- May 23, '04 by cindyrn1I worked 7 years in a Max Security Forensic Hospital for the criminally insane. I worked primarily with the women but spent a few years with the personality disorder males. The salary for what I was doing was not worth it anymore when I decided to resign. It had gotten so out of hand with the aggression of the clients and the severe injuries of the employees that I had to get out. The Department of Mental Health has definate problems when it comes to running a Forensic Hospital and allowing clients to hurt people over and over and nothing be done about it. I went into Corrections and let me tell you, the women I work with are very well behaved and keep in line most of the time. They know if they do something wrong they get consequences for their behavior. And even if they have a mental illness, they still know not to hit a staff or an officer. BUT at the psych hospital for the criminally insane, they can hit, bite, scratch, spit, punch, kick, pull your hair out, break your arms or legs etc etc etc and they get NO punishment for their behaviors. The most that can happen to them at the time of their actions is to be put in restraints for up to 4 hours and they lose their privilege to smoke for 24 hours. WOW a real punishment for breaking your arm huh? The State tells staff that they are preparing these clients to be able to function in society again......how are these people going to learn their lesson if they don't get any punishment for what they do? I don't think society is going to allow a person to punch out an officer and the officer will just tell the person that they can't smoke for 24 hours!!!!!!!! The whole system is messed up. I know that some of these people are truly sick and they need help, but then there are the personality disorders...there isn't any medications that are going to help them. These individuals know what they are doing and can get away with anything because they are mentally ill and no one can touch them. I will tell you that in the Department of Mental Health, the client has more rights than any staff member working in that department. They actually listen to a mentally ill person over a staff member! Ok let me get off my soap box here. I am sorry but when I left my old job with the State, I left several of my friends and I worry about their safety everyday. There is absolutely no reason why staff should have to suffer being beaten on almost everyday just because these clients are mentally ill. Our State Hospital is trying to do away with restraints believe it or not. Something that will most definetly get someone killed. But they feel that restraints and seclusion is abuse to the clients. I have no idea what they plan on doing to control these people but I would never work in that place again for safety reasons. I left with 3 bulging discs in my back, 8 hernia repairs (from lifting and fighting so much in 7 years), arthritic knees that won't allow me to bend anymore, migraine headaches that got worse from being punched in the head numerous times and a huge scar on my leg from a human bite. A wound that will never go away. Restraints and seclusion are so necessary. There has to be consequences for bad behaviors. But this is just my opinion on the subject. I could write for hours on the stuff that went on in that horrible place I worked at, but I won't do that to you. Have a great weekend........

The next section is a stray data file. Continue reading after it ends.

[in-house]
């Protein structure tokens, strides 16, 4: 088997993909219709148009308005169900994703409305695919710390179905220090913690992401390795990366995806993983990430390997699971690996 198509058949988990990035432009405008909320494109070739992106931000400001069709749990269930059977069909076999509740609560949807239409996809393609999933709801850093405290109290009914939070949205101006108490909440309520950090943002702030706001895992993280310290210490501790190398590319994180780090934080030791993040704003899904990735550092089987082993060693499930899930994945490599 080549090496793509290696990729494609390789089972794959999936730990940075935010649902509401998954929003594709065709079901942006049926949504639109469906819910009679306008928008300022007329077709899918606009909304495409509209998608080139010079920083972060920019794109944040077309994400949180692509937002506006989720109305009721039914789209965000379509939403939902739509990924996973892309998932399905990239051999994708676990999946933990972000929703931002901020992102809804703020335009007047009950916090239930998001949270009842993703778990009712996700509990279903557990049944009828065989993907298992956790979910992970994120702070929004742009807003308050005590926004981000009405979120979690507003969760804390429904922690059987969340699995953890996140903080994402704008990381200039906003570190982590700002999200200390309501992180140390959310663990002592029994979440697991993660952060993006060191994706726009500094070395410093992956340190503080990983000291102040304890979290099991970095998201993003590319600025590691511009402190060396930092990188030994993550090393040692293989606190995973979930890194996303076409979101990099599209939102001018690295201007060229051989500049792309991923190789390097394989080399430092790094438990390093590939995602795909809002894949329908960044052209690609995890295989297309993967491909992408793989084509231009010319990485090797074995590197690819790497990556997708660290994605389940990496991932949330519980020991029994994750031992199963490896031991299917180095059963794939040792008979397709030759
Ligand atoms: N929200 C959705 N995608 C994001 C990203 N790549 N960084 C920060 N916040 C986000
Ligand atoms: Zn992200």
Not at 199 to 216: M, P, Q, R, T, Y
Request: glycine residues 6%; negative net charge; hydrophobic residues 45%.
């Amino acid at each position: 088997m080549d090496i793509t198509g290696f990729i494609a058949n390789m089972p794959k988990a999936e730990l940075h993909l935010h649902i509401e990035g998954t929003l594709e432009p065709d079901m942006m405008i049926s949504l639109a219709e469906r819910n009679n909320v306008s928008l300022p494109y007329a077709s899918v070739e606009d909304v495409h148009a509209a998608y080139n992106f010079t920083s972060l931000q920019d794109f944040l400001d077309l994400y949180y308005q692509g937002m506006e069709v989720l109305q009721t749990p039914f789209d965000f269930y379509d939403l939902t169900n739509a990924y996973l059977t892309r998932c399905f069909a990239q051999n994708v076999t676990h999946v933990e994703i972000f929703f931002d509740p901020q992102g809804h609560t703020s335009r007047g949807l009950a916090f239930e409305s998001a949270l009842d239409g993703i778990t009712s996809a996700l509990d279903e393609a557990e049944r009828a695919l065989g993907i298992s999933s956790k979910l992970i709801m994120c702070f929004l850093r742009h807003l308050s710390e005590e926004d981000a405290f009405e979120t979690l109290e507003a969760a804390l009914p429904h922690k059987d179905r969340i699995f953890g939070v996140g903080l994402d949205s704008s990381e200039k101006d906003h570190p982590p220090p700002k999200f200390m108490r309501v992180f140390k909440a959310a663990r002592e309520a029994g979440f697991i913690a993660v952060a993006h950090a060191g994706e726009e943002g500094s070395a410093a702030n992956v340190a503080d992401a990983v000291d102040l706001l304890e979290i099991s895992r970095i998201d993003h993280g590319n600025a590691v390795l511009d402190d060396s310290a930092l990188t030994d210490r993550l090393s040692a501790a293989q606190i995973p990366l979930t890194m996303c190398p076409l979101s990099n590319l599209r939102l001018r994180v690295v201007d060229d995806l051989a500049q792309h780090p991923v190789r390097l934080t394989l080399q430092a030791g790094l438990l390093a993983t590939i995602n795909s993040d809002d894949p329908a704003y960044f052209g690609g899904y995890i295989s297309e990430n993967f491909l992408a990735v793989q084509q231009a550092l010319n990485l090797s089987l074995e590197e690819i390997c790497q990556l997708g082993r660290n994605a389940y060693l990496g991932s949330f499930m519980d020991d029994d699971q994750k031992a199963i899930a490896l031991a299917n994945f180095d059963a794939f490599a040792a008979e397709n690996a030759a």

- May 23, '06 by taffysmithyHi
I teach Control and Restraint and firmly believe that it is important for Nursing staff to be given the training required to maintain thier own and others safety.
Dont forget that before Control and Restraint we used to get six or seven of the biggest people around to dive on the patient and pin them to the floor. The old philosophy was to restrict movement AND breathing ( cant breath cant fight is what I was origionally taught).
I think that a good team can deal with most situations using Control and Restraint. Like everything else it is not infallable and can be abused, but I believe it is the best system we have at the moment.
Hi by the way Im Taffy form Oxford Uk and I have Just joined the forum. Nice to see people here